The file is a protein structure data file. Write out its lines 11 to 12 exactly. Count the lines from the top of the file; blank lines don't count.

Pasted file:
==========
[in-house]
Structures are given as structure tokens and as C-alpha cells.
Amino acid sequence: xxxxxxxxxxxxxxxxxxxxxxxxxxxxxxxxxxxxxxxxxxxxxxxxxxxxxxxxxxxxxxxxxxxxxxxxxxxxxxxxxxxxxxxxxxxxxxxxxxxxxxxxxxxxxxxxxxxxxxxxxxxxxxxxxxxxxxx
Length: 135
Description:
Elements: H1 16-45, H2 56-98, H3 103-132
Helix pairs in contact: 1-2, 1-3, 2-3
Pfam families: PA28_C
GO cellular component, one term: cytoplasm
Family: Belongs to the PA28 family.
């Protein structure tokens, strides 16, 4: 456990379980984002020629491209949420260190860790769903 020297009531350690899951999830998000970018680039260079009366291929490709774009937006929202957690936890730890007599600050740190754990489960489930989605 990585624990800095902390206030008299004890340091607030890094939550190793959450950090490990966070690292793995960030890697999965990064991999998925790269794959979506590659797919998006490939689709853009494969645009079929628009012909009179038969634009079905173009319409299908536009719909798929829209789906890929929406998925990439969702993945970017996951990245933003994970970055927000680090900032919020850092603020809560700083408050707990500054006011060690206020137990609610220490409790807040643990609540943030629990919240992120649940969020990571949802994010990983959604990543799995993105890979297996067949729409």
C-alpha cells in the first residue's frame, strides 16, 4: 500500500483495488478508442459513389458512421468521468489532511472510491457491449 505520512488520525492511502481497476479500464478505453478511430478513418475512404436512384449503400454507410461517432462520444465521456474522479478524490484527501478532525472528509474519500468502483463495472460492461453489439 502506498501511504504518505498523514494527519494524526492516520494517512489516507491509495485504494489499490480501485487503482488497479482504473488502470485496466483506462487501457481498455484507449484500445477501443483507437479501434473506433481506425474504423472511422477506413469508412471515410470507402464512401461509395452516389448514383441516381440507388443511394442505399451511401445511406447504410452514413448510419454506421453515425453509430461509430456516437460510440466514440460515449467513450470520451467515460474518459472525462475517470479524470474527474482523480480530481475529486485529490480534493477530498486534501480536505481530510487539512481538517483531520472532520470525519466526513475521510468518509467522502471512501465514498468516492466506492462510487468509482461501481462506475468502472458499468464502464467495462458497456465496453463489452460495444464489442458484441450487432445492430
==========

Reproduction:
């Protein structure tokens, strides 16, 4: 456990379980984002020629491209949420260190860790769903 020297009531350690899951999830998000970018680039260079009366291929490709774009937006929202957690936890730890007599600050740190754990489960489930989605 990585624990800095902390206030008299004890340091607030890094939550190793959450950090490990966070690292793995960030890697999965990064991999998925790269794959979506590659797919998006490939689709853009494969645009079929628009012909009179038969634009079905173009319409299908536009719909798929829209789906890929929406998925990439969702993945970017996951990245933003994970970055927000680090900032919020850092603020809560700083408050707990500054006011060690206020137990609610220490409790807040643990609540943030629990919240992120649940969020990571949802994010990983959604990543799995993105890979297996067949729409």
C-alpha cells in the first residue's frame, strides 16, 4: 500500500483495488478508442459513389458512421468521468489532511472510491457491449 505520512488520525492511502481497476479500464478505453478511430478513418475512404436512384449503400454507410461517432462520444465521456474522479478524490484527501478532525472528509474519500468502483463495472460492461453489439 502506498501511504504518505498523514494527519494524526492516520494517512489516507491509495485504494489499490480501485487503482488497479482504473488502470485496466483506462487501457481498455484507449484500445477501443483507437479501434473506433481506425474504423472511422477506413469508412471515410470507402464512401461509395452516389448514383441516381440507388443511394442505399451511401445511406447504410452514413448510419454506421453515425453509430461509430456516437460510440466514440460515449467513450470520451467515460474518459472525462475517470479524470474527474482523480480530481475529486485529490480534493477530498486534501480536505481530510487539512481538517483531520472532520470525519466526513475521510468518509467522502471512501465514498468516492466506492462510487468509482461501481462506475468502472458499468464502464467495462458497456465496453463489452460495444464489442458484441450487432445492430